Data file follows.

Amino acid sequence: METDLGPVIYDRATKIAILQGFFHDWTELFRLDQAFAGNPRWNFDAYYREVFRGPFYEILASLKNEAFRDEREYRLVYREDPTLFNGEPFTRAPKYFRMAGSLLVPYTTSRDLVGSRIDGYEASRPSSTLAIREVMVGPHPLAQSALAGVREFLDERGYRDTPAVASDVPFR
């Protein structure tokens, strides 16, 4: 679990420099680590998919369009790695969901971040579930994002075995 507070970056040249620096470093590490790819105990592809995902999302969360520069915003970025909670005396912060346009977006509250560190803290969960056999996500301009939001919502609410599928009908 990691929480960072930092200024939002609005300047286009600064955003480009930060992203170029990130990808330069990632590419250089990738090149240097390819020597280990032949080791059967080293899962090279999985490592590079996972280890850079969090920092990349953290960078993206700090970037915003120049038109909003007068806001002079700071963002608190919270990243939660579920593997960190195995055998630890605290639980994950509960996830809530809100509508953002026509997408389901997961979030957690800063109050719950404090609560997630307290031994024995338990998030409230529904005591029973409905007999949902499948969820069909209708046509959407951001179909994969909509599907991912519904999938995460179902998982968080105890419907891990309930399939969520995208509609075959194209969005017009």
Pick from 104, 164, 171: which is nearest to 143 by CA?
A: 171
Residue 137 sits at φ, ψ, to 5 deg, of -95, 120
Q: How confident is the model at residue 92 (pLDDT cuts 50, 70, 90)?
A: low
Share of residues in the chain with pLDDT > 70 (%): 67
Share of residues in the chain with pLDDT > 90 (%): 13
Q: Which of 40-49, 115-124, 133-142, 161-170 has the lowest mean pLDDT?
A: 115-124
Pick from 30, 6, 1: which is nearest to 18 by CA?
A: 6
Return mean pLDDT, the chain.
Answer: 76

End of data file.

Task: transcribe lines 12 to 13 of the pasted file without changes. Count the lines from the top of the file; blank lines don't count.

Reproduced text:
Pick from 30, 6, 1: which is nearest to 18 by CA?
A: 6